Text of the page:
Participation in high-risk activities should be avoided by immunocompromised individuals until serologic tests confirm sufficient antibody response. Further suggestions regarding management of immunocompromised individuals are discussed below. (See 'Immunocompromised patients' below.)

Concomitant chloroquine administration Data suggest that patients on chloroquine have reduced antibody responses to rabies vaccine, although the antibody levels are still within the acceptable range. Nonetheless, the CDC suggests checking titers no sooner than one week (preferably two to four weeks) after completion of a rabies vaccine series to confirm that vaccination was effective. Further details regarding the interaction between rabies vaccination and other antimalarial drugs are discussed elsewhere. (See 'Patients taking antimalarial agents' below.)

Deviation from vaccine schedule – In some cases, deviation from the pre-exposure vaccination schedule warrants serologic testing. For example, testing may be necessary when vaccine doses or titers are mistimed (before or after recommended schedule), mismatched or alternative vaccine formulations are used, or an individual’s risk category changes. Detailed management of these situations is discussed elsewhere. (See 'Deviation from the vaccine schedule' below.)

Serologic testing should be performed using the rapid fluorescent focus inhibition test (RFFIT) and a titer ≥0.5 international units/mL is felt to represent adequate response to vaccination [6,11]. In 2022, the CDC endorsed this cut-off, which matches the WHO cut-off. The CDC’s new cut-off is a more cautious value than the previous one, although no infections occurred among vaccinated individuals using the prior lower cut-off.

Commercially available enzyme-linked immunosorbent assay (ELISA) tests for rabies antibody are not specific to neutralizing antibodies and should not be used for testing for immunity.

Special considerations — Certain situations may lead to alterations in pre-exposure prophylaxis protocols.

Vaccine shortages — Shortages of rabies vaccine due to supply issues among licensed manufacturers have occurred and most likely will recur. In these cases, vaccine for pre-exposure prophylaxis may be restricted or rationed to maintain supplies for post-exposure prophylaxis. In the United States, if pre-exposure vaccination cannot be safely delayed and vaccine is not readily available, the local or state public health authorities should be consulted (elsewhere, local experts or public health authorities may be consulted). The CDC maintains updated information on vaccine availability on their rabies website.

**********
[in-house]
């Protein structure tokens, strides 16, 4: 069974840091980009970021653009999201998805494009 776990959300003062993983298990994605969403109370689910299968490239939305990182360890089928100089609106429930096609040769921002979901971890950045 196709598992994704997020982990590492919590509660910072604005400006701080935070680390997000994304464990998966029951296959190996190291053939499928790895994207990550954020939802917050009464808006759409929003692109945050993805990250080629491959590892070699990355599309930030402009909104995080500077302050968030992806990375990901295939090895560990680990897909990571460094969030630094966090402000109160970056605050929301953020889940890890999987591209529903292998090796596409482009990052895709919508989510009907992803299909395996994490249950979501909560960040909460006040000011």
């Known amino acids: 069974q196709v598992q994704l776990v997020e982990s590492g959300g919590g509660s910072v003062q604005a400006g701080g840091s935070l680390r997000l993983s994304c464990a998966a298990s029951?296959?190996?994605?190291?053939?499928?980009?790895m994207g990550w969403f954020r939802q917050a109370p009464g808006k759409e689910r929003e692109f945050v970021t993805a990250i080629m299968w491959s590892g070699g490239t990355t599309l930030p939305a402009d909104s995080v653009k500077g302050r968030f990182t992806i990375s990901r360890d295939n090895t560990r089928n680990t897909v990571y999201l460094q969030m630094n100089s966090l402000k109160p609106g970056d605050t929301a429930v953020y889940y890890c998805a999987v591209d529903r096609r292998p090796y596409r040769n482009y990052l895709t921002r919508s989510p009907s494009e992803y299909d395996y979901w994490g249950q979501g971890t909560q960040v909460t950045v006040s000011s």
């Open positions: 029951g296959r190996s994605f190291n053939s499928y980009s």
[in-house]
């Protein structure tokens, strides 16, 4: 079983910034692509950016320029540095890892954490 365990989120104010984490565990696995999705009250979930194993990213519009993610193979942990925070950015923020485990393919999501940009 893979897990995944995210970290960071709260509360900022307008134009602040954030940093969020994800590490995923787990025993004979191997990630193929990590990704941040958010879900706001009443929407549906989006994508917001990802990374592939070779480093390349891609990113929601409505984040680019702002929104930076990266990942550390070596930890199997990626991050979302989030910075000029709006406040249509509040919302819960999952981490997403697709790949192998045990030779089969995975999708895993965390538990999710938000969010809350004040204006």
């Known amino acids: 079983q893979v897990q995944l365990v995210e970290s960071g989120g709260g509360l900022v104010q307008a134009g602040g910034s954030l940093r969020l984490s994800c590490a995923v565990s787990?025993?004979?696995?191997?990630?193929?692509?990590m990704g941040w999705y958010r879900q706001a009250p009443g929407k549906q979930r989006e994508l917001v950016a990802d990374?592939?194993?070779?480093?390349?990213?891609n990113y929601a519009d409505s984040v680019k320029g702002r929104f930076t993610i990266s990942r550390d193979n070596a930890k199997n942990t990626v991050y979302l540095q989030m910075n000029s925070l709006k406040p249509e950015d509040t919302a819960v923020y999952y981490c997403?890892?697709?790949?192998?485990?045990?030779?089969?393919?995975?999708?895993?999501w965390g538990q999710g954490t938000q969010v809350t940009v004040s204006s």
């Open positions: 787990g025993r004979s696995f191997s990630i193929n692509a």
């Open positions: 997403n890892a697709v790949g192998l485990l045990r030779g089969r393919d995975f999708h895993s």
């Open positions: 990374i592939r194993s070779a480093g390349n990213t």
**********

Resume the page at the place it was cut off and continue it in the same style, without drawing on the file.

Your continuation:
Immunocompromised patients — Immunocompromised patients, including those on disease-modifying agents for autoimmune diseases, should ideally avoid activities that put them at risk for exposure to rabies. If avoiding exposure is not possible, immunocompromising conditions should be remedied (if possible) prior to vaccination to optimize response to the vaccines. Postvaccination serologic testing is recommended for immunocompromised individuals and is discussed in detail elsewhere. (See 'Serologic testing and boosters' above.)

Patients taking antimalarial agents — Randomized trials suggest that coadministration of chloroquine with rabies vaccine reduces postvaccination antibody titers [33,34]. However, in the trials, all participants (including those on chloroquine) developed adequate antibody levels according to past and present CDC criteria, suggesting that the effect of chloroquine is not strong enough to meaningfully limit immunity.

Studies suggest that decreased antibody titers do not occur with atovaquone-proguanil or doxycycline, both of which are common antimalarial agents [34]. Anecdotal reports suggest that mefloquine (another antimalarial agent) does not impair rabies vaccine response, although large-scale trials are necessary for confirmation [6].

The clinical significance of these findings is unclear. However, as a precaution, the CDC suggests that clinicians consider avoiding chloroquine when using rabies vaccine. If avoidance is not possible, they recommend checking postvaccination titers, as described elsewhere. (See 'Serologic testing and boosters' above.)

Deviation from the vaccine schedule — Strict adherence to the vaccine schedule is recommended. In some situations, deviations from the schedule may occur and adjustments may be necessary to achieve realignment.

Delayed or early vaccine doses — Vaccine doses should be given on schedule whenever possible.